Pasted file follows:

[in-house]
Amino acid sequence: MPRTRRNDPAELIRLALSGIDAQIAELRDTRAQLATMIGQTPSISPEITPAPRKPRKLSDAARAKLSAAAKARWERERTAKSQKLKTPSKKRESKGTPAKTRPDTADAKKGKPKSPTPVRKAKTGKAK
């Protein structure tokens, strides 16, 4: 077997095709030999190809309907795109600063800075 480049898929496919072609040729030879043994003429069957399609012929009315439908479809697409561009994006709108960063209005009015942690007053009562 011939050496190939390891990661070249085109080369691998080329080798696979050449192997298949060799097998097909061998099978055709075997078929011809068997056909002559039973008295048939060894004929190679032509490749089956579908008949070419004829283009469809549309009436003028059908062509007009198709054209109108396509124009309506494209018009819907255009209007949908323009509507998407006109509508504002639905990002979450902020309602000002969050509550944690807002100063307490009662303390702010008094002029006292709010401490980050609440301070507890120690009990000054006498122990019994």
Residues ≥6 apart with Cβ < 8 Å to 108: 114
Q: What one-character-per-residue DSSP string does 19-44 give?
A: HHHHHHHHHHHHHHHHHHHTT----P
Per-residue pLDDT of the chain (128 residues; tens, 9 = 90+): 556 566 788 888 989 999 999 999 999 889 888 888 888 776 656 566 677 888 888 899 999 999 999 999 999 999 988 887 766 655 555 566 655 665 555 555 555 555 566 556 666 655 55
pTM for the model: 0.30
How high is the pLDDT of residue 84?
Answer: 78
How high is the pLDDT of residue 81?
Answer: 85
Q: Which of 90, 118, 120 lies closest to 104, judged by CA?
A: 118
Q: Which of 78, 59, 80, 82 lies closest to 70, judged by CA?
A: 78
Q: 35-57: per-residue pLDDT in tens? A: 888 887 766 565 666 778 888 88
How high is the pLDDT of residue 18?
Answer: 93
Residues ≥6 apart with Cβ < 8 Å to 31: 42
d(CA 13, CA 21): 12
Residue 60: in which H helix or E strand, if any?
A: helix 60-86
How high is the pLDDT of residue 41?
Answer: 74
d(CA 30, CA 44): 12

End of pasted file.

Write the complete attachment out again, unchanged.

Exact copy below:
[in-house]
Amino acid sequence: MPRTRRNDPAELIRLALSGIDAQIAELRDTRAQLATMIGQTPSISPEITPAPRKPRKLSDAARAKLSAAAKARWERERTAKSQKLKTPSKKRESKGTPAKTRPDTADAKKGKPKSPTPVRKAKTGKAK
């Protein structure tokens, strides 16, 4: 077997095709030999190809309907795109600063800075 480049898929496919072609040729030879043994003429069957399609012929009315439908479809697409561009994006709108960063209005009015942690007053009562 011939050496190939390891990661070249085109080369691998080329080798696979050449192997298949060799097998097909061998099978055709075997078929011809068997056909002559039973008295048939060894004929190679032509490749089956579908008949070419004829283009469809549309009436003028059908062509007009198709054209109108396509124009309506494209018009819907255009209007949908323009509507998407006109509508504002639905990002979450902020309602000002969050509550944690807002100063307490009662303390702010008094002029006292709010401490980050609440301070507890120690009990000054006498122990019994």
Residues ≥6 apart with Cβ < 8 Å to 108: 114
Q: What one-character-per-residue DSSP string does 19-44 give?
A: HHHHHHHHHHHHHHHHHHHTT----P
Per-residue pLDDT of the chain (128 residues; tens, 9 = 90+): 556 566 788 888 989 999 999 999 999 889 888 888 888 776 656 566 677 888 888 899 999 999 999 999 999 999 988 887 766 655 555 566 655 665 555 555 555 555 566 556 666 655 55
pTM for the model: 0.30
How high is the pLDDT of residue 84?
Answer: 78
How high is the pLDDT of residue 81?
Answer: 85
Q: Which of 90, 118, 120 lies closest to 104, judged by CA?
A: 118
Q: Which of 78, 59, 80, 82 lies closest to 70, judged by CA?
A: 78
Q: 35-57: per-residue pLDDT in tens? A: 888 887 766 565 666 778 888 88
How high is the pLDDT of residue 18?
Answer: 93
Residues ≥6 apart with Cβ < 8 Å to 31: 42
d(CA 13, CA 21): 12
Residue 60: in which H helix or E strand, if any?
A: helix 60-86
How high is the pLDDT of residue 41?
Answer: 74
d(CA 30, CA 44): 12